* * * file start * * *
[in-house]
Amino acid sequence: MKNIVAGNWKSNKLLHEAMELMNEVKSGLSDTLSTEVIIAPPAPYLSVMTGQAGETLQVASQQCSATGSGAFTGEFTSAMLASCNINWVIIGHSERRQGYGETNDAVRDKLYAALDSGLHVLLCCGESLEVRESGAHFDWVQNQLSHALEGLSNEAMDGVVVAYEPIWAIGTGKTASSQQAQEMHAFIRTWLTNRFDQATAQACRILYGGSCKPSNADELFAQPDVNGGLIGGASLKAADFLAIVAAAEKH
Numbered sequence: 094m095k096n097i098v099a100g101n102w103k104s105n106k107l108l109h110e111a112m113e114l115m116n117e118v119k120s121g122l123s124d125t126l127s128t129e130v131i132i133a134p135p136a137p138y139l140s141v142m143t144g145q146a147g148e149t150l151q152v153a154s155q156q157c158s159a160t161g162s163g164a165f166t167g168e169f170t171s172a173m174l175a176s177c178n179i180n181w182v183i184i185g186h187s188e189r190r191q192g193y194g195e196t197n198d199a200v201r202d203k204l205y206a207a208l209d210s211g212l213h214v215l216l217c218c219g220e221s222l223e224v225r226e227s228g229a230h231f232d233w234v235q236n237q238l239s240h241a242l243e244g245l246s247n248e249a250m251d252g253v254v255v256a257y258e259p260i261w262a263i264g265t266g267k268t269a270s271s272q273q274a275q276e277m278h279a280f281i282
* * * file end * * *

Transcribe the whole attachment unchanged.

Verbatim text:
[in-house]
Amino acid sequence: MKNIVAGNWKSNKLLHEAMELMNEVKSGLSDTLSTEVIIAPPAPYLSVMTGQAGETLQVASQQCSATGSGAFTGEFTSAMLASCNINWVIIGHSERRQGYGETNDAVRDKLYAALDSGLHVLLCCGESLEVRESGAHFDWVQNQLSHALEGLSNEAMDGVVVAYEPIWAIGTGKTASSQQAQEMHAFIRTWLTNRFDQATAQACRILYGGSCKPSNADELFAQPDVNGGLIGGASLKAADFLAIVAAAEKH
Numbered sequence: 094m095k096n097i098v099a100g101n102w103k104s105n106k107l108l109h110e111a112m113e114l115m116n117e118v119k120s121g122l123s124d125t126l127s128t129e130v131i132i133a134p135p136a137p138y139l140s141v142m143t144g145q146a147g148e149t150l151q152v153a154s155q156q157c158s159a160t161g162s163g164a165f166t167g168e169f170t171s172a173m174l175a176s177c178n179i180n181w182v183i184i185g186h187s188e189r190r191q192g193y194g195e196t197n198d199a200v201r202d203k204l205y206a207a208l209d210s211g212l213h214v215l216l217c218c219g220e221s222l223e224v225r226e227s228g229a230h231f232d233w234v235q236n237q238l239s240h241a242l243e244g245l246s247n248e249a250m251d252g253v254v255v256a257y258e259p260i261w262a263i264g265t266g267k268t269a270s271s272q273q274a275q276e277m278h279a280f281i282